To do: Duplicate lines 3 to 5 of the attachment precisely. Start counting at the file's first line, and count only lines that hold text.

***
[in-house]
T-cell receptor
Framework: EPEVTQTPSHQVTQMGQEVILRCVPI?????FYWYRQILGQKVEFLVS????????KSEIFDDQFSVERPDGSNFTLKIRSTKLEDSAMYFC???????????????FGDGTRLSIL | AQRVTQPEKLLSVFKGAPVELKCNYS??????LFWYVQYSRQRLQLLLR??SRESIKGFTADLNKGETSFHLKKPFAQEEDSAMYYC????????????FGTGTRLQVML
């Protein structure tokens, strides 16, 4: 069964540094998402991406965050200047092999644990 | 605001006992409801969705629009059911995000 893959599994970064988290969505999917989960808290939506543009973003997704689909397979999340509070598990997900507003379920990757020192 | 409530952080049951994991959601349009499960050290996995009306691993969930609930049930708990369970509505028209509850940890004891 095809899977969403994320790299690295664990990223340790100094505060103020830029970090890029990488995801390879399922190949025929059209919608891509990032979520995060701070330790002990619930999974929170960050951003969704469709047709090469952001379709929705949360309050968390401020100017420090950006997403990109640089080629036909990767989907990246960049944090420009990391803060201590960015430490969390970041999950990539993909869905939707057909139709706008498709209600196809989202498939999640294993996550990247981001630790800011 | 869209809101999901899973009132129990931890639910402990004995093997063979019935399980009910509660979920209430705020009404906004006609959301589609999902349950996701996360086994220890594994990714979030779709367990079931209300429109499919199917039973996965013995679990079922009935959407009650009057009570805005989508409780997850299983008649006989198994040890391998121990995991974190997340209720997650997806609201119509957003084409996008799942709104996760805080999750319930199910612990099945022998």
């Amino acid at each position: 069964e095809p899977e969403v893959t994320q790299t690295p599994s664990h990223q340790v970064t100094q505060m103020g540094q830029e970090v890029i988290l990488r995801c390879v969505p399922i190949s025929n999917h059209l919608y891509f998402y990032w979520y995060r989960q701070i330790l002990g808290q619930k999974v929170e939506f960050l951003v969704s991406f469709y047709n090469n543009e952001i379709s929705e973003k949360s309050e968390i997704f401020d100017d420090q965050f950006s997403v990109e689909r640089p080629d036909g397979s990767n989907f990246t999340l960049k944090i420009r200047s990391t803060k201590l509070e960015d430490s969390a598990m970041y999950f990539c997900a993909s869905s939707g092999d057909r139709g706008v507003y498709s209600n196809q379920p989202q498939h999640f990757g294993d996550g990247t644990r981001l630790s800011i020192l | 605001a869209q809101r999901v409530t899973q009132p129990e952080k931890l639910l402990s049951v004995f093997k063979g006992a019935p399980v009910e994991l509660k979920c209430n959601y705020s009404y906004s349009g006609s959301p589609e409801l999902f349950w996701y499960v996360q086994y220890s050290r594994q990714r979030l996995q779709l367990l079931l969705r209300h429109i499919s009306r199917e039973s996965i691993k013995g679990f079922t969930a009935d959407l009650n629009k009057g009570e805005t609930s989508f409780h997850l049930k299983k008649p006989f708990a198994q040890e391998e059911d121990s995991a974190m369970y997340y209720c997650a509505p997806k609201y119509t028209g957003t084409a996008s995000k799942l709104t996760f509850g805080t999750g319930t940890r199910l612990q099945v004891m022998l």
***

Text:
Framework: EPEVTQTPSHQVTQMGQEVILRCVPI?????FYWYRQILGQKVEFLVS????????KSEIFDDQFSVERPDGSNFTLKIRSTKLEDSAMYFC???????????????FGDGTRLSIL | AQRVTQPEKLLSVFKGAPVELKCNYS??????LFWYVQYSRQRLQLLLR??SRESIKGFTADLNKGETSFHLKKPFAQEEDSAMYYC????????????FGTGTRLQVML
């Protein structure tokens, strides 16, 4: 069964540094998402991406965050200047092999644990 | 605001006992409801969705629009059911995000 893959599994970064988290969505999917989960808290939506543009973003997704689909397979999340509070598990997900507003379920990757020192 | 409530952080049951994991959601349009499960050290996995009306691993969930609930049930708990369970509505028209509850940890004891 095809899977969403994320790299690295664990990223340790100094505060103020830029970090890029990488995801390879399922190949025929059209919608891509990032979520995060701070330790002990619930999974929170960050951003969704469709047709090469952001379709929705949360309050968390401020100017420090950006997403990109640089080629036909990767989907990246960049944090420009990391803060201590960015430490969390970041999950990539993909869905939707057909139709706008498709209600196809989202498939999640294993996550990247981001630790800011 | 869209809101999901899973009132129990931890639910402990004995093997063979019935399980009910509660979920209430705020009404906004006609959301589609999902349950996701996360086994220890594994990714979030779709367990079931209300429109499919199917039973996965013995679990079922009935959407009650009057009570805005989508409780997850299983008649006989198994040890391998121990995991974190997340209720997650997806609201119509957003084409996008799942709104996760805080999750319930199910612990099945022998």
């Amino acid at each position: 069964e095809p899977e969403v893959t994320q790299t690295p599994s664990h990223q340790v970064t100094q505060m103020g540094q830029e970090v890029i988290l990488r995801c390879v969505p399922i190949s025929n999917h059209l919608y891509f998402y990032w979520y995060r989960q701070i330790l002990g808290q619930k999974v929170e939506f960050l951003v969704s991406f469709y047709n090469n543009e952001i379709s929705e973003k949360s309050e968390i997704f401020d100017d420090q965050f950006s997403v990109e689909r640089p080629d036909g397979s990767n989907f990246t999340l960049k944090i420009r200047s990391t803060k201590l509070e960015d430490s969390a598990m970041y999950f990539c997900a993909s869905s939707g092999d057909r139709g706008v507003y498709s209600n196809q379920p989202q498939h999640f990757g294993d996550g990247t644990r981001l630790s800011i020192l | 605001a869209q809101r999901v409530t899973q009132p129990e952080k931890l639910l402990s049951v004995f093997k063979g006992a019935p399980v009910e994991l509660k979920c209430n959601y705020s009404y906004s349009g006609s959301p589609e409801l999902f349950w996701y499960v996360q086994y220890s050290r594994q990714r979030l996995q779709l367990l079931l969705r209300h429109i499919s009306r199917e039973s996965i691993k013995g679990f079922t969930a009935d959407l009650n629009k009057g009570e805005t609930s989508f409780h997850l049930k299983k008649p006989f708990a198994q040890e391998e059911d121990s995991a974190m369970y997340y209720c997650a509505p997806k609201y119509t028209g957003t084409a996008s995000k799942l709104t996760f509850g805080t999750g319930t940890r199910l612990q099945v004891m022998l």